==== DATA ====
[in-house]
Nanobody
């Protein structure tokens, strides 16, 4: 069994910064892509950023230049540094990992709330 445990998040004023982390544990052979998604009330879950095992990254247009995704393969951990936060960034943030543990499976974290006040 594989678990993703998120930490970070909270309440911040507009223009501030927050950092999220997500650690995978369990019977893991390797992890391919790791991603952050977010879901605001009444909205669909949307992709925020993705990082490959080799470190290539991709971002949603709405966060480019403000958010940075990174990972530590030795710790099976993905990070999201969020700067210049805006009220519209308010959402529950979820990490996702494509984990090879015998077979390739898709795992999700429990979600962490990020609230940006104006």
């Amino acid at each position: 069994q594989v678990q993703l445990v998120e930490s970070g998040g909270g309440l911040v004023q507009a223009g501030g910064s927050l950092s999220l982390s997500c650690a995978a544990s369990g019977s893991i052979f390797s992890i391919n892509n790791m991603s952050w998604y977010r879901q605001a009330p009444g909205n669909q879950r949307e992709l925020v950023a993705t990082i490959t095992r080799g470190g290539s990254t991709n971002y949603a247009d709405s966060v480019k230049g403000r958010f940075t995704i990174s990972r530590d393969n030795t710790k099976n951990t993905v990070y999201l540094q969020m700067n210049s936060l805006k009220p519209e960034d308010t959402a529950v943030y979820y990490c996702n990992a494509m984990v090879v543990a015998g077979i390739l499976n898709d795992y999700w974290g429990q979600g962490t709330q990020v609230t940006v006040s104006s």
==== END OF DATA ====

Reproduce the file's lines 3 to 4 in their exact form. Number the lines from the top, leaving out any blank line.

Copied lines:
């Protein structure tokens, strides 16, 4: 069994910064892509950023230049540094990992709330 445990998040004023982390544990052979998604009330879950095992990254247009995704393969951990936060960034943030543990499976974290006040 594989678990993703998120930490970070909270309440911040507009223009501030927050950092999220997500650690995978369990019977893991390797992890391919790791991603952050977010879901605001009444909205669909949307992709925020993705990082490959080799470190290539991709971002949603709405966060480019403000958010940075990174990972530590030795710790099976993905990070999201969020700067210049805006009220519209308010959402529950979820990490996702494509984990090879015998077979390739898709795992999700429990979600962490990020609230940006104006």
């Amino acid at each position: 069994q594989v678990q993703l445990v998120e930490s970070g998040g909270g309440l911040v004023q507009a223009g501030g910064s927050l950092s999220l982390s997500c650690a995978a544990s369990g019977s893991i052979f390797s992890i391919n892509n790791m991603s952050w998604y977010r879901q605001a009330p009444g909205n669909q879950r949307e992709l925020v950023a993705t990082i490959t095992r080799g470190g290539s990254t991709n971002y949603a247009d709405s966060v480019k230049g403000r958010f940075t995704i990174s990972r530590d393969n030795t710790k099976n951990t993905v990070y999201l540094q969020m700067n210049s936060l805006k009220p519209e960034d308010t959402a529950v943030y979820y990490c996702n990992a494509m984990v090879v543990a015998g077979i390739l499976n898709d795992y999700w974290g429990q979600g962490t709330q990020v609230t940006v006040s104006s």